Animal experiments (21)
Healthy SPF male Balb/c nude mice aged 6 weeks and weighing 20–25 g were provided by Shanghai Laboratory Animal Center, CAS, China. All experiments were performed in accordance with the guidelines for the care and use of laboratory animals and related ethical regulations of Jiangsu Cancer Hospital. A549 cells in the exponential growth phase were routinely digested, washed twice with PBS, filtered by a 200-mesh sieve into single ones, resuspended in serum-free DMEM and adjusted to the concentration of 1×107/mL. The tails of eight nude mice were immersed in 45 °C water for 2 min to dilate the tail vein into which the single suspension of A549 cells was injected through a 1 mL syringe (2×106/0.2 mL each mouse), with the needle hole clamped for 2 min. Eight mice were weighed on the second day after inoculation and randomly divided into a PUE group and a control group (n=4). The PUE group was intraperitoneally given 100 mg/kg/d puerarin and the control group was given the same volume of normal saline from the second day after injection of A549 cells. The mice were killed by cervical dislocation 28 days later, from which bilateral lungs were collected on ice. The pulmonary metastasis was observed by the naked eye and under a microscope to determine the optimum time for further experiments. Finally, the lungs were stored in 4% formaldehyde solution.
The paraffin sections of mouse lung tissues were routinely deparaffinized, hydrated, stained in hematoxylin (Sinopharm Chemical Reagent Beijing Co., Ltd.) for 2–3 min, rinsed continuously by water for 30 min, stained in eosin-ethanol solution (Sinopharm Chemical Reagent Beijing Co., Ltd.) for 1–2 min, dehydrated in 95% ethanol for 10 min and in 100% ethanol for 10 min, transparentized by xylene, mounted by neutral mounting medium, and observed under a microscope (Olympus, Tokyo, Japan).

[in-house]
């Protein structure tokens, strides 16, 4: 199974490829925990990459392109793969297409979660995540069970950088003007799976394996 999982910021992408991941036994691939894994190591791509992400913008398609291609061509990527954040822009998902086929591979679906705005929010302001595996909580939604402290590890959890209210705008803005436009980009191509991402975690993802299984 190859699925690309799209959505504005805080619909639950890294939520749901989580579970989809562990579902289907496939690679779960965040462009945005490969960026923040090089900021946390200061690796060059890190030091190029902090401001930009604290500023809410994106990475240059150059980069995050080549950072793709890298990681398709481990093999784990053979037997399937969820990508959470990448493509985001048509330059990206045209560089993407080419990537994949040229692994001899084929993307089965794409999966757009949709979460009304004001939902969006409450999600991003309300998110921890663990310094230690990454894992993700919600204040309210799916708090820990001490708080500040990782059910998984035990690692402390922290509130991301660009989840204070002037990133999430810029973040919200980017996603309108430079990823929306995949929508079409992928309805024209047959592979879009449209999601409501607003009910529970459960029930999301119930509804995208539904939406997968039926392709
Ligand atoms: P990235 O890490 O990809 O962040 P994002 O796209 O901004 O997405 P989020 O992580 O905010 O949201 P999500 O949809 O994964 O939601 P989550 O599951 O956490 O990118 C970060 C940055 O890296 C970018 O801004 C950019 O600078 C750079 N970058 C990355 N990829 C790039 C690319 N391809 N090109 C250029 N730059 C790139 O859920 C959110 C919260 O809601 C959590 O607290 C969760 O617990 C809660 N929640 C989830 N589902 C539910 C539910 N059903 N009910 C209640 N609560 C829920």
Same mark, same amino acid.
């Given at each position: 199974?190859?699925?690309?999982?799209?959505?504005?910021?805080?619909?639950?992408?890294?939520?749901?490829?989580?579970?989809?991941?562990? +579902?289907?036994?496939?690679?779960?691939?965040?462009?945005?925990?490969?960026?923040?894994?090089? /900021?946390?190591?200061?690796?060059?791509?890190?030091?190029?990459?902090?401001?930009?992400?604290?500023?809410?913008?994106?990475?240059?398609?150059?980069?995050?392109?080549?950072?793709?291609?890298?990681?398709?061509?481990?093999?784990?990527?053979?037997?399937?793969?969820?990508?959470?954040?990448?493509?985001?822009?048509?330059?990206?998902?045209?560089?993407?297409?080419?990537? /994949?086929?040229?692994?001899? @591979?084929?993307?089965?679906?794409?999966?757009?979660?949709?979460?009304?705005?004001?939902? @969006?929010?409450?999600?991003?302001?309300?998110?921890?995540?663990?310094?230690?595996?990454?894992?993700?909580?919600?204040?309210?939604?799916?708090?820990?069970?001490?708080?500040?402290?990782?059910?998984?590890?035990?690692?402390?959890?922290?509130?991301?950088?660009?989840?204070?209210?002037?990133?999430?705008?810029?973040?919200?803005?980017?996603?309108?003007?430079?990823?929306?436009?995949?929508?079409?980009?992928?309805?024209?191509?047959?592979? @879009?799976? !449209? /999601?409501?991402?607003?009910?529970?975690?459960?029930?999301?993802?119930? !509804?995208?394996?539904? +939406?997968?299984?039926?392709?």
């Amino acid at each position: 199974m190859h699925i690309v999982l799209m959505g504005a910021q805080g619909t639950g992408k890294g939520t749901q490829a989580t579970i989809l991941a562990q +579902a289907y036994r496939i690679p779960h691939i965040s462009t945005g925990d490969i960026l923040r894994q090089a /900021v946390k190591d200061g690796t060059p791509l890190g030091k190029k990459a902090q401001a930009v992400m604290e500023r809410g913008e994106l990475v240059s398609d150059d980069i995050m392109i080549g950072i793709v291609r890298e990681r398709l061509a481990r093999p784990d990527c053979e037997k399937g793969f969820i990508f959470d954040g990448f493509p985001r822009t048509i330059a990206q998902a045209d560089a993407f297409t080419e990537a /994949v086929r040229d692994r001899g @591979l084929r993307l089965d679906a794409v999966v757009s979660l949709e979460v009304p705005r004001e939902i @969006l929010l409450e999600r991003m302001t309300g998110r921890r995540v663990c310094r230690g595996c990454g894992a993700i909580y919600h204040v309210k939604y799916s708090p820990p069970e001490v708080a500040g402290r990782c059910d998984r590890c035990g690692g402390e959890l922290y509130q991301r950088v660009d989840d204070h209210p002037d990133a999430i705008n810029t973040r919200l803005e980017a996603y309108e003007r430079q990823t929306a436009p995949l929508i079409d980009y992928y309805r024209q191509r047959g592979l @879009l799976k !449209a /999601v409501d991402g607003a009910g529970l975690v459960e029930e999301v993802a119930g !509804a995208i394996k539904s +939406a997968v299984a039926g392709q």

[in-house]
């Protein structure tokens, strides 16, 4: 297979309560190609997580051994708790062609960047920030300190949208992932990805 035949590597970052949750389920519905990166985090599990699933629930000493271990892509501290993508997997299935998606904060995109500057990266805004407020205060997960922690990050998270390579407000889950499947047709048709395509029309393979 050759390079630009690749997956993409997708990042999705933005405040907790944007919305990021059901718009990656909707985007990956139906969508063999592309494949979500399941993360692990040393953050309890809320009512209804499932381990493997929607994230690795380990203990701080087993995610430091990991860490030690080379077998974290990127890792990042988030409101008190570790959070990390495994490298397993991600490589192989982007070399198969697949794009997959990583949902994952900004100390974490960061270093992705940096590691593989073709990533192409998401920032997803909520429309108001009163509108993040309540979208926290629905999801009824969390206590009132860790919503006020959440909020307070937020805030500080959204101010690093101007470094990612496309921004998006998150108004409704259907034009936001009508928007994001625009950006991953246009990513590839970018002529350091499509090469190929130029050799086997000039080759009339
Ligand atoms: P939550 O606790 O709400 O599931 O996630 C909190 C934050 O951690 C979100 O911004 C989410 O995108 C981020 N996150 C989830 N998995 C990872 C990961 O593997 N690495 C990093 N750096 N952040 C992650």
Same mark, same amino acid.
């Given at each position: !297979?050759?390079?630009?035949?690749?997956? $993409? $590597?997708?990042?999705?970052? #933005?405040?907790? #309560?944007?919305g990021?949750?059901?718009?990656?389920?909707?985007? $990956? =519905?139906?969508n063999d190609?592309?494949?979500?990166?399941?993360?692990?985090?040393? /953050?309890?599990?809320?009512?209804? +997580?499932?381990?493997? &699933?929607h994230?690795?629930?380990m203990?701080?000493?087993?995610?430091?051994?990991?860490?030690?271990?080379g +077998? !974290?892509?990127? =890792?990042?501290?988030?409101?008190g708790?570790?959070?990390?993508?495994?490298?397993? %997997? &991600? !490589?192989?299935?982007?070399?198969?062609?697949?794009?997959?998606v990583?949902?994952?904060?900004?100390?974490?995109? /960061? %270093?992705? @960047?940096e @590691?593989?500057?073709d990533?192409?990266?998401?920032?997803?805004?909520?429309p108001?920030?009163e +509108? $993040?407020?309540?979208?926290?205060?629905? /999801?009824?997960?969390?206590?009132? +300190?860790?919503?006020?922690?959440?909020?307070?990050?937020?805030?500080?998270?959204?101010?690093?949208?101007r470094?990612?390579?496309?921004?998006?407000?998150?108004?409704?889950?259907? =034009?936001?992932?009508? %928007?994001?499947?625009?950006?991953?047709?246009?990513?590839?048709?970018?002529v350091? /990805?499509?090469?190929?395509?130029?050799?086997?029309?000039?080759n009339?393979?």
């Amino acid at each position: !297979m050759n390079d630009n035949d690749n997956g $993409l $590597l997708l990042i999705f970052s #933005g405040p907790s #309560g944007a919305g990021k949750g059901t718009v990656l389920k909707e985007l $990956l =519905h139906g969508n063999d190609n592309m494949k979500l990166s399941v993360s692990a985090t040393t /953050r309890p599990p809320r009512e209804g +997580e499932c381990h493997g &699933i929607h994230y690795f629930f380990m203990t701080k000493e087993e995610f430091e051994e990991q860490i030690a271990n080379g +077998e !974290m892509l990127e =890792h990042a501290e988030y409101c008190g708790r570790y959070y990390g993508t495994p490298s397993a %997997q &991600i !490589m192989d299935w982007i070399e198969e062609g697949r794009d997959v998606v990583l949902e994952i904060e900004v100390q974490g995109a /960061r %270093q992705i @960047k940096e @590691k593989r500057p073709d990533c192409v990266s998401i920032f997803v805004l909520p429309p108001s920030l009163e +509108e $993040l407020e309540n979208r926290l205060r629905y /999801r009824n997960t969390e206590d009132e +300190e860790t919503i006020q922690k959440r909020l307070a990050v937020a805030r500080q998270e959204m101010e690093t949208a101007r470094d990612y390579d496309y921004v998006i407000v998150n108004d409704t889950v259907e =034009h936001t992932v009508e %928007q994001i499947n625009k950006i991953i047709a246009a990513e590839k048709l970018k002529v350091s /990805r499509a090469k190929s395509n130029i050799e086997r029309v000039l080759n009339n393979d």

Lung tissues of mice bearing metastatic tumors were fixed in 4% formaldehyde solution. The paraffin sections were deparaffinized by xylene (10 min, 3 times), dehydrated by series of ethanol solutions, placed in 10 mM citrate buffer (pH 6.0) (Sigma Aldrich, St. Louis, MO, USA), and heated in a microwave oven for 10 min to keep the temperature at 98 °C. Subsequently, they were taken out, cooled to room temperature, washed with PBS (5 min, 3 times), and incubated in 3% hydrogen peroxide/methanol at room temperature for 10 min to eliminate the activity of endogenous peroxidase. Then the sections were washed by PBS (5 min, 3 times), added a drop of goat serum for blocking after excess liquid was blotted, and incubated in a 37 °C humidified box for 10 min. After excess liquid was blotted, mouse anti-human monoclonal COX-2 antibody (Abcam, Cambridge, UK) (1:100 dilution by PBS containing 1% BSA and 0.05% Tween 20) was added into each section, incubated at 4 °C overnight, washed by PBS (5 min, 3 times), incubated with anti-mouse biotinylated secondary antibody at 37 °C for 30 min, washed by PBS (5 min, 3 times), then incubated with HRP-labeled streptavidin at 37 °C for 10 min, and washed with PBS (5 min, 3 times). The sections were thereafter color-developed by DAB solution (Boster Biological Technology Co., Ltd., Wuhan, China), observed under a microscope until brownish yellow particles appeared, washed thoroughly with tap water, counterstained by hematoxylin, dehydrated with series of ethanol solutions, transparentized by xylene, mounted by neutral mounting medium, and observed under a microscope (Olympus, Tokyo, Japan). The brownish yellow or brown particles located by antigen were determined as positive.
Detection of COX-2 protein expression by Western blot
Cells were collected, from which total protein was extracted. The protein was subjected to SDS-PAGE after the concentration was measured with the BCA method, electronically transferred to a nitrocellulose membrane at 120 mA and 4 °C for 2.5–3 h, and detected by Ponceau staining. After destaining in distilled water, the membrane was washed three times with TBST, blocked in TBST +5% skimmed milk at room temperature for 1 h, incubated overnight with anti-COX-1 (diluted by 1:300), anti-COX-2 (diluted by 1:500) and anti-β-actin (diluted by 1:1,000) antibodies at 4 °C, washed four times with TBST, incubated with HRP-labeled secondary antibody (diluted by 1:3,000) at room temperature for 1 h, washed four times again with TBST and finally developed with ECL reagent for observation.